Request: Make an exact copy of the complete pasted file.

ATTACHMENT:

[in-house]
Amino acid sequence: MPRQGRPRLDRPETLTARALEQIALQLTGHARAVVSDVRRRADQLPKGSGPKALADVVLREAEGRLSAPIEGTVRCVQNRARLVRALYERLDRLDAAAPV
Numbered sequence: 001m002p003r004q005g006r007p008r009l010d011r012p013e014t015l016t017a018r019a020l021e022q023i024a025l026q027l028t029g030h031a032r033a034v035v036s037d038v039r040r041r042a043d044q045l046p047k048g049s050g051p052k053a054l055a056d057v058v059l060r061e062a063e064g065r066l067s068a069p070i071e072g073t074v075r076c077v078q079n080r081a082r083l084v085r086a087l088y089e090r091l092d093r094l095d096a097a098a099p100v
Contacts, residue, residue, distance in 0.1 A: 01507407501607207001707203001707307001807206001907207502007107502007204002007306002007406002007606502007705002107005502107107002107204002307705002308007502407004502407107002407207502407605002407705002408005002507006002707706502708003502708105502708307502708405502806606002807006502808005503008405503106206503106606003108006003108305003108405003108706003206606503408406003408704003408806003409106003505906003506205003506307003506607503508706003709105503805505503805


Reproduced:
[in-house]
Amino acid sequence: MPRQGRPRLDRPETLTARALEQIALQLTGHARAVVSDVRRRADQLPKGSGPKALADVVLREAEGRLSAPIEGTVRCVQNRARLVRALYERLDRLDAAAPV
Numbered sequence: 001m002p003r004q005g006r007p008r009l010d011r012p013e014t015l016t017a018r019a020l021e022q023i024a025l026q027l028t029g030h031a032r033a034v035v036s037d038v039r040r041r042a043d044q045l046p047k048g049s050g051p052k053a054l055a056d057v058v059l060r061e062a063e064g065r066l067s068a069p070i071e072g073t074v075r076c077v078q079n080r081a082r083l084v085r086a087l088y089e090r091l092d093r094l095d096a097a098a099p100v
Contacts, residue, residue, distance in 0.1 A: 01507407501607207001707203001707307001807206001907207502007107502007204002007306002007406002007606502007705002107005502107107002107204002307705002308007502407004502407107002407207502407605002407705002408005002507006002707706502708003502708105502708307502708405502806606002807006502808005503008405503106206503106606003108006003108305003108405003108706003206606503408406003408704003408806003409106003505906003506205003506307003506607503508706003709105503805505503805